Nothing much could be expected of an administration in its last months before elections. For all practical purposes it is a lame duck administration with little inclination for new initiatives or fast decisions. Yet the UPA II government did attempt to correct, in a hurry, some of the measures it failed to take in better times.
Manmohan Singh did attempt to clear several projects that have been stuck with ministries without decision for months, mostly on environmental issues.
A few major issues dominated the year:
• The creation of a separate state of Telangana dominated the polity for months. After years of dilly-dallying, the UPA government redeemed its promise to the Telangana people. In this unfortunately it did not assess properly the extent of resistance from the Seemandhra region. It did manage to muster support from the BJP and other parties and passed the law. In the bargain, it created a lot of bitterness. One could not but contrast this with the elegance and efficiency of carving Jharkhand out of Bihar, Uttrakhand out of UP and Chattisgarh out of MP by the Vajpayee-led government a decade ago.
• UPA could not wriggle itself out of the serious charges of corruption in the Common Wealth Games, 2G-spectrum allocation and the Coalgate scams. These continued to dominate debates without any resolution, deepening the divide among the polity.
• The rise of the Aam Aadmi Party led by maverick Arvind Kejriwal was a phenomenon. The ability of AAP to mobilise support and win sizeable number of seats in the Delhi assembly elections gave hope for a new era in Indian politics. However, Kejriwal and company squandered much of the goodwill by their inability to change their stance as street fighters and agitators to leaders capable of delivering good governance. The leaders of AAP were pulling the party in different directions with no clear leads relating to development.
• Rahul Gandhi did attempt to correct some of the wrongs and hasty policies of the UPA government. But his remaining silent for the great part and intervening at the far end as in the case of scrapping of the ordinance on convicted politicians did not add to his credibility as a leader. This resulted in Lalu Prasad losing his seat in the Lok Sabha. But such politicians come out of jail and continue to roam freely, thanks to the long judicial process. The new government needs to focus on judicial reforms.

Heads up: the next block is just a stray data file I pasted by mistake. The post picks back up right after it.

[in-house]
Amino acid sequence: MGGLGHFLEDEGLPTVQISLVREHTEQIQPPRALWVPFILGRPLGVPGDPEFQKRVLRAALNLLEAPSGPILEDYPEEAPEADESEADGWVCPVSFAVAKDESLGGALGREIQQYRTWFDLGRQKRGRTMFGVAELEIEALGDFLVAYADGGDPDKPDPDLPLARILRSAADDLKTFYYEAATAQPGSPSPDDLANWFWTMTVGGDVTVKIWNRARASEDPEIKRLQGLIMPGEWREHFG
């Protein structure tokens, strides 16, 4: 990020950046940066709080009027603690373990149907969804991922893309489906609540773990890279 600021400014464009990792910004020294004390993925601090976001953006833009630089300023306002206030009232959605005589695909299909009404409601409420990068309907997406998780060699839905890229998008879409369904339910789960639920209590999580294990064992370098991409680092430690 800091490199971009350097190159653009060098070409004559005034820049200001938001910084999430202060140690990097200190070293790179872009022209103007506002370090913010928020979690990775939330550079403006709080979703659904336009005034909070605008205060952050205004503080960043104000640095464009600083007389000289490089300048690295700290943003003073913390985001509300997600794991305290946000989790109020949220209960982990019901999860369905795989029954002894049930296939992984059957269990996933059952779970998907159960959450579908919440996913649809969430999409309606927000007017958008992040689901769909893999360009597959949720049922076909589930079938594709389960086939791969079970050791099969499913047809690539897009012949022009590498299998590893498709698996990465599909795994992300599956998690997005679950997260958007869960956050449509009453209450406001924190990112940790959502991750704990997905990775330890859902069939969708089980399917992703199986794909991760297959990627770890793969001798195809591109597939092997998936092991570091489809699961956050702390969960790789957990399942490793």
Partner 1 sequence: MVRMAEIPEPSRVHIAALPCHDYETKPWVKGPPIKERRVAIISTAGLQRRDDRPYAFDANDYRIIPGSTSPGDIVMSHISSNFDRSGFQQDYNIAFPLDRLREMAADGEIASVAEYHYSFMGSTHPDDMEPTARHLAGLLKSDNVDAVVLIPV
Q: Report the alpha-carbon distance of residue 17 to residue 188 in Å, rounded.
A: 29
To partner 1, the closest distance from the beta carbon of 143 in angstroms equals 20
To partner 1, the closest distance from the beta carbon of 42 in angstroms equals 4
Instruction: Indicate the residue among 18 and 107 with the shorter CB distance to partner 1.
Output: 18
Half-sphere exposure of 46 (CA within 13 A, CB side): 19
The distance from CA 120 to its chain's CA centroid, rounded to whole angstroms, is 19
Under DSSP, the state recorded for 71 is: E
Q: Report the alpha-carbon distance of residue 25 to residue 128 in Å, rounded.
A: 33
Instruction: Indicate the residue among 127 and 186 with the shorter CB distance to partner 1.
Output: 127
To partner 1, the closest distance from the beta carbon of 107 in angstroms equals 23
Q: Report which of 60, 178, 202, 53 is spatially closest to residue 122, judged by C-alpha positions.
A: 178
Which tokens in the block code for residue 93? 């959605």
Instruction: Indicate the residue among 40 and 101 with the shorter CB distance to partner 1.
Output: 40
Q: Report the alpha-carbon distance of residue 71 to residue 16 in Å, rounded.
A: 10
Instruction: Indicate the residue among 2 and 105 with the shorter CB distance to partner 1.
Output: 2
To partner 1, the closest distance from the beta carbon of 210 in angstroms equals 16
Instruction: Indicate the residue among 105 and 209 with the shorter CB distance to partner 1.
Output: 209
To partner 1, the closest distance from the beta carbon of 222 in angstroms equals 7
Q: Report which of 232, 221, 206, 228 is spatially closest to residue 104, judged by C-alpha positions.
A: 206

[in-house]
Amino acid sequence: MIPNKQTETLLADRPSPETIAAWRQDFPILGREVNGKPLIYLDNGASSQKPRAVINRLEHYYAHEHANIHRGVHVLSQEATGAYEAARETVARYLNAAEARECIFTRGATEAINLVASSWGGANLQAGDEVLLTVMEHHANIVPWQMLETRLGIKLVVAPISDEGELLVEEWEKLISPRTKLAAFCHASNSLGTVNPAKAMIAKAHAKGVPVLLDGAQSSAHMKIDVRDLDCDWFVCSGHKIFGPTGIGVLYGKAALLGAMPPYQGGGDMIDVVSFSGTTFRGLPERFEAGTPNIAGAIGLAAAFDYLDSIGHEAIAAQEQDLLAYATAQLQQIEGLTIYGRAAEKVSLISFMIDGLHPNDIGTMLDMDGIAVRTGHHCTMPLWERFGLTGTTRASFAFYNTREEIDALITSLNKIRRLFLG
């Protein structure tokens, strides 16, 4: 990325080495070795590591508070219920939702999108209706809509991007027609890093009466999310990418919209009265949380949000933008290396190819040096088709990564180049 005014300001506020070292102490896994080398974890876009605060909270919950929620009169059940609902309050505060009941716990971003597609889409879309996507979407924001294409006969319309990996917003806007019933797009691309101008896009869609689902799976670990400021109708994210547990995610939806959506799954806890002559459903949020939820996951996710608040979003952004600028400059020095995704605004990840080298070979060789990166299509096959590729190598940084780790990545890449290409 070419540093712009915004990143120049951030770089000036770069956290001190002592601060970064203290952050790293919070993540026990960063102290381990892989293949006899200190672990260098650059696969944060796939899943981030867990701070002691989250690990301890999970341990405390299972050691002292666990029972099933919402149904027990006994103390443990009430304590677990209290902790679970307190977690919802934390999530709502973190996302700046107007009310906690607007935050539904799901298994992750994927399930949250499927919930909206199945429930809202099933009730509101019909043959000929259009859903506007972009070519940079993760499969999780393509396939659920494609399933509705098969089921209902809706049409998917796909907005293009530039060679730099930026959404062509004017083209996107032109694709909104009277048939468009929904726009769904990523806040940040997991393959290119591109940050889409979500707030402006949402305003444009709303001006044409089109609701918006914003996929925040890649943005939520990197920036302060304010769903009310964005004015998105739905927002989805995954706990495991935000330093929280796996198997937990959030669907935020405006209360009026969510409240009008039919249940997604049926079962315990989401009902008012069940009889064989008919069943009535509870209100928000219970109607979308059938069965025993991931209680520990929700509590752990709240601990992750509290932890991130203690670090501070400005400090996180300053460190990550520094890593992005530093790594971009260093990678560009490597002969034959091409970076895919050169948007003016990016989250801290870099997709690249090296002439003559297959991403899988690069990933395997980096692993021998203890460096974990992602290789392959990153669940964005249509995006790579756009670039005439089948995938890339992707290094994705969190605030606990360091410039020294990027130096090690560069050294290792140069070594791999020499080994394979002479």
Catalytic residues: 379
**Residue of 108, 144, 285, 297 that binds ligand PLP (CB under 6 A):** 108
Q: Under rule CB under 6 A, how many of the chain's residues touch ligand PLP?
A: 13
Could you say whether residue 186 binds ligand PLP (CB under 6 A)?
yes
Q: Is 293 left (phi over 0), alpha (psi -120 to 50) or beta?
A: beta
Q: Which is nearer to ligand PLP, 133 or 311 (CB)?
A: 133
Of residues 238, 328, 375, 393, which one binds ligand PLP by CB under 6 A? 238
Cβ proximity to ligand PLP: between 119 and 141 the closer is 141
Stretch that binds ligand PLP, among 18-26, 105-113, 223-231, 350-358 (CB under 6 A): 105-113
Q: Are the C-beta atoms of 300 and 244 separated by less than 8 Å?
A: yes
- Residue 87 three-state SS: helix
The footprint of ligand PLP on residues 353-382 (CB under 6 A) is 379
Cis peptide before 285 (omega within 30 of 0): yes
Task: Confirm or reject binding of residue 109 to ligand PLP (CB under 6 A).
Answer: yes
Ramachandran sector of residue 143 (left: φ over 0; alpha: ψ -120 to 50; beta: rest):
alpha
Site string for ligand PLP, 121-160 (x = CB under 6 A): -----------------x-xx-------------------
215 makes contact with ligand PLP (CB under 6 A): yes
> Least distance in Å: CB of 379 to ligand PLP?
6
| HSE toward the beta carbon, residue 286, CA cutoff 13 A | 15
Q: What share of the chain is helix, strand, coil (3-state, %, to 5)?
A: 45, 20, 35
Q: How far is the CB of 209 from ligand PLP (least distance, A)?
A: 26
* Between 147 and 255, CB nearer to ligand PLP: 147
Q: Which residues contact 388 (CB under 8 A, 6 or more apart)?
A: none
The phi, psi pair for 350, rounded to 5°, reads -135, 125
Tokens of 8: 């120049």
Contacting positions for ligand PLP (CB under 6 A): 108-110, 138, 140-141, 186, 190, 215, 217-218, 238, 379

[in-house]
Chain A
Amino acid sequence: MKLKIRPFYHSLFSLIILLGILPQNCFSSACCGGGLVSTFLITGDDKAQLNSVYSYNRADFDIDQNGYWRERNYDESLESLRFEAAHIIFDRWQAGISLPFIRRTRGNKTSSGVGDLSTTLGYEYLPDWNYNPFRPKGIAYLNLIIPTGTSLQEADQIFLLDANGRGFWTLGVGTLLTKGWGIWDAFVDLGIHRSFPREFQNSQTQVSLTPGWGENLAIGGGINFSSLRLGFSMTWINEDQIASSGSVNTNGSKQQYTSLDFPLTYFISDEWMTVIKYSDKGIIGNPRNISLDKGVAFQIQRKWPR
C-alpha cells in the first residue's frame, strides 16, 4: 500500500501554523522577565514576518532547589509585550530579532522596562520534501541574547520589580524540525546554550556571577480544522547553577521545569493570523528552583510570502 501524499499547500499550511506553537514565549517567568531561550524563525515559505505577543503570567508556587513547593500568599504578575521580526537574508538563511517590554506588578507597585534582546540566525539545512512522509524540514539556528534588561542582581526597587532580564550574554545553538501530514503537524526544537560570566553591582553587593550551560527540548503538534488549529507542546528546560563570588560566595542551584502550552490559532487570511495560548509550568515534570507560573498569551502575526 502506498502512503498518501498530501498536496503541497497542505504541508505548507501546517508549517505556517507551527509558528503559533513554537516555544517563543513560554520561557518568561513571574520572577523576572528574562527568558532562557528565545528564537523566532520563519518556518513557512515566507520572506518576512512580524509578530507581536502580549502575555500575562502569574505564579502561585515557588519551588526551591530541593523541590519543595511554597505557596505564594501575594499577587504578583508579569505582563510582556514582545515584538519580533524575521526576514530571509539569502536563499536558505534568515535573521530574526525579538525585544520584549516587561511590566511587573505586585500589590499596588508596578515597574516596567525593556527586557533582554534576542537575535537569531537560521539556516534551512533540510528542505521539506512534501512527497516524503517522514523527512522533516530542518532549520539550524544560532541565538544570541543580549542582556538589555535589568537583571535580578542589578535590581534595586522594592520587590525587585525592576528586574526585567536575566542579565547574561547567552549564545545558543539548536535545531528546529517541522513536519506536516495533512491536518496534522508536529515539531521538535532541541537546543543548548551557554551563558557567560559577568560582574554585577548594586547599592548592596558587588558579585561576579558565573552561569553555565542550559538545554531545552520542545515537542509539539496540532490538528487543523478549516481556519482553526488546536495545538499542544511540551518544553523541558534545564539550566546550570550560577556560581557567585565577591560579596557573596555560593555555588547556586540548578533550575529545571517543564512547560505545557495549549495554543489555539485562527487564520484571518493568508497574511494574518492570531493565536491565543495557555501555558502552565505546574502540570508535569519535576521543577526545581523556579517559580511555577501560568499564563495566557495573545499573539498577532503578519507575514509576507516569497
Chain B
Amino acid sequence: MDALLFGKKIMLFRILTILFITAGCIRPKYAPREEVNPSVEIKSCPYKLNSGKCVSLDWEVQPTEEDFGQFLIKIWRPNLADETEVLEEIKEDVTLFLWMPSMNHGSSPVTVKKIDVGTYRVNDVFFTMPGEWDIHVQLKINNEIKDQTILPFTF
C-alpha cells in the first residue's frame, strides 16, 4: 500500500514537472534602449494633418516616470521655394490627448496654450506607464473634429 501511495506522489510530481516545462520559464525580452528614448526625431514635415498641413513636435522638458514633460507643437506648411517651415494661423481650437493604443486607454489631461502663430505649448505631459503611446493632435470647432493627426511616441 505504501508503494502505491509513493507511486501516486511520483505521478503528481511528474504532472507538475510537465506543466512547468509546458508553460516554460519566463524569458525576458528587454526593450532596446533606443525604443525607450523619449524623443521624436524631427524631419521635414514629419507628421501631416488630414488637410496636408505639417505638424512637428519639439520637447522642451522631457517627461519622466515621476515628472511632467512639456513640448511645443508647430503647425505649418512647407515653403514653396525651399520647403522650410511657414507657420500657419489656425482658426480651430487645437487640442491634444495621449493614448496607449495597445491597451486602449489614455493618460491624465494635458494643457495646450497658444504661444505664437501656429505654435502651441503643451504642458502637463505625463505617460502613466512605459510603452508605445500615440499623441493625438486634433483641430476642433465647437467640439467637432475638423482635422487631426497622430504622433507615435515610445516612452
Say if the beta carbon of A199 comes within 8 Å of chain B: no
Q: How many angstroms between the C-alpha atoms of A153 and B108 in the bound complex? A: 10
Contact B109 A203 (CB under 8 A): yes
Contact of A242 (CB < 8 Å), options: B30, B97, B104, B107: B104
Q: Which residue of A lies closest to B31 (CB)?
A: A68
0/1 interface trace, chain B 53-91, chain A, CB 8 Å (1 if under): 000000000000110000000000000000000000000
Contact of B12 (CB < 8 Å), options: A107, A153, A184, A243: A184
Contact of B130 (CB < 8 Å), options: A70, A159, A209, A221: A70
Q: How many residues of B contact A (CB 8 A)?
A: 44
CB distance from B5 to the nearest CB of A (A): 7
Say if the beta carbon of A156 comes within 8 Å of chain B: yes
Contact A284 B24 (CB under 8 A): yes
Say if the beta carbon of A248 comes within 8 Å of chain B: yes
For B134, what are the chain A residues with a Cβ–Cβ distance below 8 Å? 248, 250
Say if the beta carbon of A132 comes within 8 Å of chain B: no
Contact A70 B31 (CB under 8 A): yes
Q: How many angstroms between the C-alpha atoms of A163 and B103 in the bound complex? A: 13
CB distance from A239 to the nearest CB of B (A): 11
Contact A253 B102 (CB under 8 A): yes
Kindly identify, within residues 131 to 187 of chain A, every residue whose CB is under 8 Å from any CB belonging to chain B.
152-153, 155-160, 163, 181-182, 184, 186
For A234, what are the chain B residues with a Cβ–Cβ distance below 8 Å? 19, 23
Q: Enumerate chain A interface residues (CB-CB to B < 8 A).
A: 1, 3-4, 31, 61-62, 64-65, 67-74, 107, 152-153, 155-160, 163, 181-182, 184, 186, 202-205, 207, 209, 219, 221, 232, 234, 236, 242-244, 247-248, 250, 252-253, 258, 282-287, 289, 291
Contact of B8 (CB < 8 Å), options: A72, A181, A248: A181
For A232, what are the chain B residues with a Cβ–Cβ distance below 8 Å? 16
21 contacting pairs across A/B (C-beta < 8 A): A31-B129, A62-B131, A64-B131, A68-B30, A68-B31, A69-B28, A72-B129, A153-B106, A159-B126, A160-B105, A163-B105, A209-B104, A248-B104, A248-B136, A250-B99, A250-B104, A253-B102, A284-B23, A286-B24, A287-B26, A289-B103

In 2004 the UPA came to power with a bang. There was lot of promise over the Manmohan Singh government thrusting ahead with reforms; but the compulsions of coalition, especially the dependence on the Left parties for survival, was a serious constraint. But in line with the global economic boom, India registered handsome growth during the major part of UPA 1. The stature of Manmohan Singh also helped in building close relations with the western democracies, South American countries, South Africa and several African countries and with the east. The nuclear deal with the US also showed promise. However, the expectations on building large nuclear capacity in the subsequent years and innovative schemes like the Ultra Mega Power Projects scheme and several other infrastructure projects envisaged did not materialise.
The UPA II was also riddled with a number of scams. The government could not control the coalition partners. Fiscal mismanagement and profligacy resulting in huge deficits post-2009 also caused serious damage to the economy. Raging inflation, falling rupee and poor investment climate led to dismal economic growth of less than 5 per cent. Sadly what started with a bang in 2004 by the UPA is ending in a whimper.
And that this government will be remembered as the most corrupt, albeit being headed by one of India’s most decent and honest prime ministers is the ultimate irony.